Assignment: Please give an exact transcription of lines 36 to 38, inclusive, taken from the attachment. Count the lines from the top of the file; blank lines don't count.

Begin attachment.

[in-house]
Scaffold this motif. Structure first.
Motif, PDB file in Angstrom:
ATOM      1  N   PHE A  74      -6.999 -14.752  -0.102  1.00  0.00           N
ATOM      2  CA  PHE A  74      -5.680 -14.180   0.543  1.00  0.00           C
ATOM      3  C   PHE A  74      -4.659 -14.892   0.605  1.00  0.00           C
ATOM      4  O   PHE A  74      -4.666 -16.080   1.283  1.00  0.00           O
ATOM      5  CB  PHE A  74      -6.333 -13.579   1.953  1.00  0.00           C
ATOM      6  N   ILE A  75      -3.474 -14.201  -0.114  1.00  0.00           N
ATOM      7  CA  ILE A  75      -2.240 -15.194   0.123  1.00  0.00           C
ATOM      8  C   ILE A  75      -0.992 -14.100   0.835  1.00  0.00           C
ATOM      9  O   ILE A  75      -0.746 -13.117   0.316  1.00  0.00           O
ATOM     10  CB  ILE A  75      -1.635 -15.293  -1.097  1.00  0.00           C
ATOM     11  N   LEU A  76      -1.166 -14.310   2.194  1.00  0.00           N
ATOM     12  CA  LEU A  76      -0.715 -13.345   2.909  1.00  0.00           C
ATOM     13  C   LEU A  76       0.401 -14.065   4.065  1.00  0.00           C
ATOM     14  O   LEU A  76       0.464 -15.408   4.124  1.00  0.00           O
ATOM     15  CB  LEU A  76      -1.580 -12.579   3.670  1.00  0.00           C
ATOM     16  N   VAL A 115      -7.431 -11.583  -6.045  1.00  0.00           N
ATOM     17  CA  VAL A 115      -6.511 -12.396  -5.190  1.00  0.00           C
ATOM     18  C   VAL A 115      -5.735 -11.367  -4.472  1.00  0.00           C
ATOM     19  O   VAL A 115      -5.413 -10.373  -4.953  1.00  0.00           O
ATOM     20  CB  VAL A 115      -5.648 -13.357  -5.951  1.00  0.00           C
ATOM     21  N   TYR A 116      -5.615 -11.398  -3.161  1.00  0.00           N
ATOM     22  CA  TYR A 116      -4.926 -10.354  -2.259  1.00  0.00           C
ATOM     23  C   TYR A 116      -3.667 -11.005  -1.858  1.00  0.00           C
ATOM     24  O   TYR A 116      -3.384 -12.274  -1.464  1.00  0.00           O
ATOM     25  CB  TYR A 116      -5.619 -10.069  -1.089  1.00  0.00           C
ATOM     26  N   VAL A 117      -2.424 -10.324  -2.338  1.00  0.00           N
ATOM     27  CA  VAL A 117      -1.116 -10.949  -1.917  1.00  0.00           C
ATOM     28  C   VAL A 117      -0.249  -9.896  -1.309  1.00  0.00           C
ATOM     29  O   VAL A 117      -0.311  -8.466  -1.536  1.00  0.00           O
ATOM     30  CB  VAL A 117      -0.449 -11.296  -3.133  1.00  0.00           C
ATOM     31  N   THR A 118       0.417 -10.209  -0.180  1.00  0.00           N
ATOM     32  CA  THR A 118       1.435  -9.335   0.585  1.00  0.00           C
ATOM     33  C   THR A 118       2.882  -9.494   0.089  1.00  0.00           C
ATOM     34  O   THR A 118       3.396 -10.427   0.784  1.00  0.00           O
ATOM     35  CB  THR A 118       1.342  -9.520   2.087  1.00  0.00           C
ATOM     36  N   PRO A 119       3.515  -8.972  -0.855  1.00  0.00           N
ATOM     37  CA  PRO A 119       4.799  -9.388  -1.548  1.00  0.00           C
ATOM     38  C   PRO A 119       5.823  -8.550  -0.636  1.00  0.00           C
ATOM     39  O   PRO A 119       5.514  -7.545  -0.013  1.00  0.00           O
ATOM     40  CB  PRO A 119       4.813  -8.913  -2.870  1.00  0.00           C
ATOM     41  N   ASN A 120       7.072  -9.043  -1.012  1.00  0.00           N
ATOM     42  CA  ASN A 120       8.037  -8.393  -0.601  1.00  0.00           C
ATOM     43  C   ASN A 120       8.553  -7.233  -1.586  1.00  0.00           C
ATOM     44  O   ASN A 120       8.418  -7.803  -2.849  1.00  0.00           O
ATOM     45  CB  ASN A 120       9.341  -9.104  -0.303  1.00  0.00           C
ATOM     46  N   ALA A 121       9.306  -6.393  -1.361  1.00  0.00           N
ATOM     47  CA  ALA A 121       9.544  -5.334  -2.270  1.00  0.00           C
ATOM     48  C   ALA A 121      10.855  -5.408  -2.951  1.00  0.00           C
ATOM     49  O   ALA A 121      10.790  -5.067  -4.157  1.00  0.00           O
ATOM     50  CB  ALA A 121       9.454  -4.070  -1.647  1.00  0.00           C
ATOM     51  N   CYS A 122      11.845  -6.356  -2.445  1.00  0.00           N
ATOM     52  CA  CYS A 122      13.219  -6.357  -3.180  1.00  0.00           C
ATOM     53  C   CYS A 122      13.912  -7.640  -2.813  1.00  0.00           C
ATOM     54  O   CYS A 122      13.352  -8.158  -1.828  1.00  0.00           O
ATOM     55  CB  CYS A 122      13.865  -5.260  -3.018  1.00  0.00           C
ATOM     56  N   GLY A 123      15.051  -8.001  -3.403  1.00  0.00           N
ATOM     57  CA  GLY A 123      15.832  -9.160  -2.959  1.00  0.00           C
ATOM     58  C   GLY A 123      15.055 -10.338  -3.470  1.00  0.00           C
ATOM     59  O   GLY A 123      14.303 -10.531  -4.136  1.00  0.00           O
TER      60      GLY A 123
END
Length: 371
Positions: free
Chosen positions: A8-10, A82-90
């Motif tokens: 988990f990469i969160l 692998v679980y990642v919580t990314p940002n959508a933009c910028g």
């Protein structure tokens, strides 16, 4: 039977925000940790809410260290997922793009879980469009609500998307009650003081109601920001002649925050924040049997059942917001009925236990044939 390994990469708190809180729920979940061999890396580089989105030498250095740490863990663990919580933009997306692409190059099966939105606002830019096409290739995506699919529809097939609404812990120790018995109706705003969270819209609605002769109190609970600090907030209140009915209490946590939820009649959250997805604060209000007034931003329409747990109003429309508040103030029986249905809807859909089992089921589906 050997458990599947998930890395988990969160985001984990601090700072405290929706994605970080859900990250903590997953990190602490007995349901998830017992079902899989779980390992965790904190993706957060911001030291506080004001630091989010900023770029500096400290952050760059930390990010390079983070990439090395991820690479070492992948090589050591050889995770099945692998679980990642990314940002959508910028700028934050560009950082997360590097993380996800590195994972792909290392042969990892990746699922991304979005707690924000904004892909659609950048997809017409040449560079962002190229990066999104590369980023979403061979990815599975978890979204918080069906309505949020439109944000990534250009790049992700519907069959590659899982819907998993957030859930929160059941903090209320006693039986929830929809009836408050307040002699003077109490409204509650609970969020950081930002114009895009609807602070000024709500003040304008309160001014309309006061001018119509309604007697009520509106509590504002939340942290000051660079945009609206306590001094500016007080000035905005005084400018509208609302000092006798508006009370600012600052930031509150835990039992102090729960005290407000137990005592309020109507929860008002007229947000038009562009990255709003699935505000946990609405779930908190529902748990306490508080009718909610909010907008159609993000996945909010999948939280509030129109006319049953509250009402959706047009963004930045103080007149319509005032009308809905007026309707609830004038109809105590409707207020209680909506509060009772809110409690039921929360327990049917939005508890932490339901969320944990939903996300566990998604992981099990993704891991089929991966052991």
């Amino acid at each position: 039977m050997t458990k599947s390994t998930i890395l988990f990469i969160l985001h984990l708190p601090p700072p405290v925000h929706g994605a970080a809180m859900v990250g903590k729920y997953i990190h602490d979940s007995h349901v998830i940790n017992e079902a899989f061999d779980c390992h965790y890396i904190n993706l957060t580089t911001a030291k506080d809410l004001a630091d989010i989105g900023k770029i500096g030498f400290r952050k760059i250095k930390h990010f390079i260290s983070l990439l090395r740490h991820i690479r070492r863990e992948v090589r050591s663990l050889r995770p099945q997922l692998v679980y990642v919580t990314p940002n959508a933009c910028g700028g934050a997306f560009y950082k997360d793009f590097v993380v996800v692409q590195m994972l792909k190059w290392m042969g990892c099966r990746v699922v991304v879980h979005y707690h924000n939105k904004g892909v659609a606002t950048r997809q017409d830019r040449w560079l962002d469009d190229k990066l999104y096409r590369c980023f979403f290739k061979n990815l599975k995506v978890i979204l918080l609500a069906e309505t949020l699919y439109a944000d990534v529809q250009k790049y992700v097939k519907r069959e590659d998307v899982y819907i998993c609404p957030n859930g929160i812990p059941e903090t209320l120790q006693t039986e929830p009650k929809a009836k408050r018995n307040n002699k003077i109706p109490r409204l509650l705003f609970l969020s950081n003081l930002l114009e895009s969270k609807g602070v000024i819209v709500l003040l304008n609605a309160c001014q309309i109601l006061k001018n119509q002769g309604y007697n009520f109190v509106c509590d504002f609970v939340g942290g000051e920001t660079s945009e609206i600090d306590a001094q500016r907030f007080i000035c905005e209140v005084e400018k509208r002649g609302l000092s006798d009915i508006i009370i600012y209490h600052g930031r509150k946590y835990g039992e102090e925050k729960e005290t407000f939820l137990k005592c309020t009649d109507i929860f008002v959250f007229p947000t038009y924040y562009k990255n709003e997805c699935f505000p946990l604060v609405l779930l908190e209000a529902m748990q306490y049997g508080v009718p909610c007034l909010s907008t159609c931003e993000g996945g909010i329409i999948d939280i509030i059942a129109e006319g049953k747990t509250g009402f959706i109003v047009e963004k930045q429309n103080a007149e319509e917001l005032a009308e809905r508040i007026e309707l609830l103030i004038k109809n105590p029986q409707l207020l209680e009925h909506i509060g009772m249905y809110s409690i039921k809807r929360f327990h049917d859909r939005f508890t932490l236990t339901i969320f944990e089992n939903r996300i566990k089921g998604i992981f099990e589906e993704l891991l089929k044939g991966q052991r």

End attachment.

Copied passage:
ATOM     33  C   THR A 118       2.882  -9.494   0.089  1.00  0.00           C
ATOM     34  O   THR A 118       3.396 -10.427   0.784  1.00  0.00           O
ATOM     35  CB  THR A 118       1.342  -9.520   2.087  1.00  0.00           C